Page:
In yet another sign that the FTC is serious about enforcing its
now not-so-new Testimonial and Endorsement guides, the agency
just reached a settlement with Machinima over an influencers'
campaign designed to promote Microsoft's Xbox One and several
game titles for the console. And, on a related note, if your
company doesn't already have policies in place for social media
marketing campaigns, put this blog down now (well, close the
screen) and start putting one together now.
So what's a Machinima other than something that sounds like
part of a Seinfeld episode? Machinima involves the use of computer
graphics to create a cinematic production. See an example here:
Machinima Inc. is a gaming and media streaming website and
multichannel network. Machinima has agreements with various
individual videogamers to produce video content under its brand and
distributes such content on its YouTube channel. According to the
FTC's complaint Machinima offered all of its
"influencers" the opportunity to create content for its
YouTube channel that endorsed Microsoft's Xbox One system and
several games. The influencers were given very specific direction
for these videos including such things as:
2-3 talking points detailing features you're looking
Announce you will be playing a particular game
Showcase products in a positive light
Some influencers were compensated per video while others were
compensated based on total views. Machinima did not require
disclosure of the payments and, in fact, according to the FTC, some
of its agreements specifically required the influencer to keep
their compensation "confidential." At the end of the day
there were over 30 million views of the videos, that may not top
"Gangnam Style" but that's not too shabby either.
The FTC's settlement with Machinima sets out some fairly
stringent monitoring requirements, including providing influencers
with a statement of responsibility, reviewing videos prior to
providing compensation, conducting a second unannounced review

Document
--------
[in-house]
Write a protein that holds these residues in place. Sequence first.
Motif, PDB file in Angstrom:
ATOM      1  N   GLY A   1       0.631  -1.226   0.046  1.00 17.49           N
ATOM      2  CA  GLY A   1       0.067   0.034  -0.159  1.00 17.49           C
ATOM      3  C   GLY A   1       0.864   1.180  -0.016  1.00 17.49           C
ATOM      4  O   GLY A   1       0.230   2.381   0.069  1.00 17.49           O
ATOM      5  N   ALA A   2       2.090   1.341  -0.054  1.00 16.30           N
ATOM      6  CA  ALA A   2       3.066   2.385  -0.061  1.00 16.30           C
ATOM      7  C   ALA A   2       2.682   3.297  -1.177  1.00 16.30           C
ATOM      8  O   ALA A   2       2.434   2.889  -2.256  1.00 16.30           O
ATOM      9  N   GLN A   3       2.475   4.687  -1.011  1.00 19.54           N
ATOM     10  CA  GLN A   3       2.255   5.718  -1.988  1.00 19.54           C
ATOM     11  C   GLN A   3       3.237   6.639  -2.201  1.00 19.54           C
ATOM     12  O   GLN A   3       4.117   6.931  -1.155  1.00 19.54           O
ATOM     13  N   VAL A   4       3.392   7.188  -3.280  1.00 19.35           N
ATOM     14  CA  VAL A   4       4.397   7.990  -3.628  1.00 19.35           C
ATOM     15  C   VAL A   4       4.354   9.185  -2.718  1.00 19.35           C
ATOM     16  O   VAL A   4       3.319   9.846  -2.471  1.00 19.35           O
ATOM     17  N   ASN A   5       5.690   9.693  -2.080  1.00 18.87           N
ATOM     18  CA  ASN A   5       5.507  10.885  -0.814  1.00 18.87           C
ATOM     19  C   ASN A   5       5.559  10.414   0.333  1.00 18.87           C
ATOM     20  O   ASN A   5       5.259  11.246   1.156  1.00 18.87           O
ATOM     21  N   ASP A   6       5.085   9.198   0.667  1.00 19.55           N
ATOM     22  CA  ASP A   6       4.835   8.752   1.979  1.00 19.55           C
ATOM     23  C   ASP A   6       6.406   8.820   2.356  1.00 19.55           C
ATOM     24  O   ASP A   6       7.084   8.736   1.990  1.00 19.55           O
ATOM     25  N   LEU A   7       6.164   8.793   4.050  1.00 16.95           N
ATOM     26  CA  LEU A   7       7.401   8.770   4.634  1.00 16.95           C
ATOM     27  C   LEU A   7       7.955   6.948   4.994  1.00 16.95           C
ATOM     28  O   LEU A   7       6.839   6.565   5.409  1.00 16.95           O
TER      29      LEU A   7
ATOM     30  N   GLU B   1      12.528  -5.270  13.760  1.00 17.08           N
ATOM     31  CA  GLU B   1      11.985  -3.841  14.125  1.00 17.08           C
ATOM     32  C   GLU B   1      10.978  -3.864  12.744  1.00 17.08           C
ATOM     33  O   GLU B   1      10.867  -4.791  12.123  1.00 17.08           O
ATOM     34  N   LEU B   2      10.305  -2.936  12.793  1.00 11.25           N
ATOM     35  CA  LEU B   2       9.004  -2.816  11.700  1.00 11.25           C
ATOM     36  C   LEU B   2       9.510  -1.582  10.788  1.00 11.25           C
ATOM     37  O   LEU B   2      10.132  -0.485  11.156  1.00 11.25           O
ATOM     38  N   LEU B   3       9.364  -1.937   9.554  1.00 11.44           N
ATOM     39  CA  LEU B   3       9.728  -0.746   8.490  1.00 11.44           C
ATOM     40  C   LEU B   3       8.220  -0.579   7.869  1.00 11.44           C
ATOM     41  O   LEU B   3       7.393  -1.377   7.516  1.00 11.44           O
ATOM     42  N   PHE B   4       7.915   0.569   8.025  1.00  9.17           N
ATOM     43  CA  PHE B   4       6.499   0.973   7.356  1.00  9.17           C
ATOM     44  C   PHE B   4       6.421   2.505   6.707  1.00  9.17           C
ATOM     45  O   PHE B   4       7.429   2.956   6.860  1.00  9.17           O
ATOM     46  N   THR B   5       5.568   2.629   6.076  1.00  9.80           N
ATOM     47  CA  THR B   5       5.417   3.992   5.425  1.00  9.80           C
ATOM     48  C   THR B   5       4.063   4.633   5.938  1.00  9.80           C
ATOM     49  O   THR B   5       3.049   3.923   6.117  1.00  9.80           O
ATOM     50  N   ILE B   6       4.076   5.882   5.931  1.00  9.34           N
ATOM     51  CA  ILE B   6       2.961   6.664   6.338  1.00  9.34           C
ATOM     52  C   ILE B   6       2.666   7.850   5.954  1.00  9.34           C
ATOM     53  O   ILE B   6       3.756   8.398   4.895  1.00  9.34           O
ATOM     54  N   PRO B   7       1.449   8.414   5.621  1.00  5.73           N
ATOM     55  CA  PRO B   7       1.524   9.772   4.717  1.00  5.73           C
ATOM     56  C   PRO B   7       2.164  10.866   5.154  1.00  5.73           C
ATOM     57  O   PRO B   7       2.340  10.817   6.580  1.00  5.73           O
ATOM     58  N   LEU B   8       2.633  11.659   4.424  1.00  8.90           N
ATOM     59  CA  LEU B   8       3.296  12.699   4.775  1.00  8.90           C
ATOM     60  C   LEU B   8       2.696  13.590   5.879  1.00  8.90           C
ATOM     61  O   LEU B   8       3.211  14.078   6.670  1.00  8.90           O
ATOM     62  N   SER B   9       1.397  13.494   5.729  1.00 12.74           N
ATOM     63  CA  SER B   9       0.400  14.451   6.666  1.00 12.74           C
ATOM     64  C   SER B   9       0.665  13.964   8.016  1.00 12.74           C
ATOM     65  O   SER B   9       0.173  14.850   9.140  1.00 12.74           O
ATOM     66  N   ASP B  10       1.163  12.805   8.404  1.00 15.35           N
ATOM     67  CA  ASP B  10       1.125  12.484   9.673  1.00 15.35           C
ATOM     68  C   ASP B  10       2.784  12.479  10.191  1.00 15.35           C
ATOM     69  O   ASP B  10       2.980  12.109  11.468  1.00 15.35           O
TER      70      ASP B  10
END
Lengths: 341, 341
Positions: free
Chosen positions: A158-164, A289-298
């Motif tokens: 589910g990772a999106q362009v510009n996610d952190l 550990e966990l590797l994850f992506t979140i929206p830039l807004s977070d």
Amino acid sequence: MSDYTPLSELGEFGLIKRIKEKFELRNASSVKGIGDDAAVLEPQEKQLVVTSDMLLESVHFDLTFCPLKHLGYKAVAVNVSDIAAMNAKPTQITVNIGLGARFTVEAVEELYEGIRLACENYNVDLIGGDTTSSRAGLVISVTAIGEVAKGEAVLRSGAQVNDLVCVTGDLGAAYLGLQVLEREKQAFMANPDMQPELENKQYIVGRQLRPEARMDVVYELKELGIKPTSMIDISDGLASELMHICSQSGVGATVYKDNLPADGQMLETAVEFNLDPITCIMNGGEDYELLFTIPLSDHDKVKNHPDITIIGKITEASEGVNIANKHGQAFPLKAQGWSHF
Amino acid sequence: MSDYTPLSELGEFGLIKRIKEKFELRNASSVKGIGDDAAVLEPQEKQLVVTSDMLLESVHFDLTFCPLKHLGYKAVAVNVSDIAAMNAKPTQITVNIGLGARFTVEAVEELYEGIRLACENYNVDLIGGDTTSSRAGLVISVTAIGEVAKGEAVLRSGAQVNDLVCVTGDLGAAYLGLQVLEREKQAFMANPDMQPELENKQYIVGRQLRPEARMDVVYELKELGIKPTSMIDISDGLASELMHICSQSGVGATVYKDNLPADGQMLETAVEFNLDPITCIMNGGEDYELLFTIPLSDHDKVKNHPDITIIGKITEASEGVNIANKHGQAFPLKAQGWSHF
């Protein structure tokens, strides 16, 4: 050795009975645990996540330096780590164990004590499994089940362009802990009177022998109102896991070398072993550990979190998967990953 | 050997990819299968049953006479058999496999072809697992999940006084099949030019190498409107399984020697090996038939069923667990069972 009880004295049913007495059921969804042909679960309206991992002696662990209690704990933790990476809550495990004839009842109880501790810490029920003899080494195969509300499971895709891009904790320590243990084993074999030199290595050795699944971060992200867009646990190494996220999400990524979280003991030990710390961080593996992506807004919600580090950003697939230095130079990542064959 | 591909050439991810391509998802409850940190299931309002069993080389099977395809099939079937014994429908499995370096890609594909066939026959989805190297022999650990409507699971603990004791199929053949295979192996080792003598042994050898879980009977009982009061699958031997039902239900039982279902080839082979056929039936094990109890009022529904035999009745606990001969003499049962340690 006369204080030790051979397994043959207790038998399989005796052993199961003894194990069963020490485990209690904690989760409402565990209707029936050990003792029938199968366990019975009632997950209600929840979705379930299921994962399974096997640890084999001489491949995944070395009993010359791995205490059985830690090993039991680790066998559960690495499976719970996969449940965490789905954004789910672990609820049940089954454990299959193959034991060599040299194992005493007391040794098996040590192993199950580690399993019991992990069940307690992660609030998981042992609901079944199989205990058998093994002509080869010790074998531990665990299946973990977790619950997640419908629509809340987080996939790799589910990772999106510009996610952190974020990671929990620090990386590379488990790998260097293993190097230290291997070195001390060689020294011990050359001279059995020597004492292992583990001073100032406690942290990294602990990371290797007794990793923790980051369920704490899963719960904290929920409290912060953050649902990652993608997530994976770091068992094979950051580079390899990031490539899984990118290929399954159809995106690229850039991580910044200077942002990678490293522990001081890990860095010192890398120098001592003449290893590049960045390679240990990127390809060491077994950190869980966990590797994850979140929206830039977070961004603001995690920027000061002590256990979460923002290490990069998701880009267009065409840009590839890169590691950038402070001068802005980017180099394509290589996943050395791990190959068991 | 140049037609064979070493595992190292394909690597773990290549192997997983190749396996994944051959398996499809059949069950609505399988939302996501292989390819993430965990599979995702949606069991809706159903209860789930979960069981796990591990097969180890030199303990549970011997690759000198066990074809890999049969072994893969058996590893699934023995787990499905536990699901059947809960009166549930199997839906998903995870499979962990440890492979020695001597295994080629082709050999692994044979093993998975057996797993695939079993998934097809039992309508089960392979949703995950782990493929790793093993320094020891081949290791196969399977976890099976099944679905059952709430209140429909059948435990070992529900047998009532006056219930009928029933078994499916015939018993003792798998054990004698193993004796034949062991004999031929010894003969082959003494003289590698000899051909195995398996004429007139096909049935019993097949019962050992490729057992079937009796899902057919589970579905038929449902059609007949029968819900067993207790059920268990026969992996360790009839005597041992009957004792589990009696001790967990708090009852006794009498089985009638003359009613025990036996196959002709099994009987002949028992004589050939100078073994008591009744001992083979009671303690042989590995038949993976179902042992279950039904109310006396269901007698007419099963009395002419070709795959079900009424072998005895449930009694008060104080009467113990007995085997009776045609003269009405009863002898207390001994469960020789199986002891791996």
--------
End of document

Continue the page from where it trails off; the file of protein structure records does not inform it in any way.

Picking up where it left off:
after uploading and disciplining any influencer that fails to
adequately disclose any material connection. Interestingly, the FTC
declined to bring an action against Microsoft or its agency because
it found that they had policies in place designed to prevent such
practices and quickly took steps to remedy the situation once it
became aware of the issue.
While some have referred to the internet and social media as the
wild, wild west. Clearly the sheriff has arrived. Now may be a good
time to check or recheck that your social media activities are FTC
The content of this article is intended to provide a general
guide to the subject matter. Specialist advice should be sought
about your specific circumstances.
To print this article, all you need is to be registered on Mondaq.com.
Click to Login as an existing user or Register so you can print this article.
Marketers and their agencies are seeing increased regulatory scrutiny of their influencer campaigns as the popularity of influencers continues to grow and influencer networks become a greater marketing force.
The continuing growth in native advertising is leading to increasing regulatory scrutiny into whether consumers can distinguish native advertisements from surrounding non-paid content, and whether disclosures are being used effectively.
Register for Access and our Free Biweekly Alert for
This service is completely free. Access 250,000 archived articles from 100+ countries and get a personalised email twice a week covering developments (and yes, our lawyers like to think you’ve read our Disclaimer).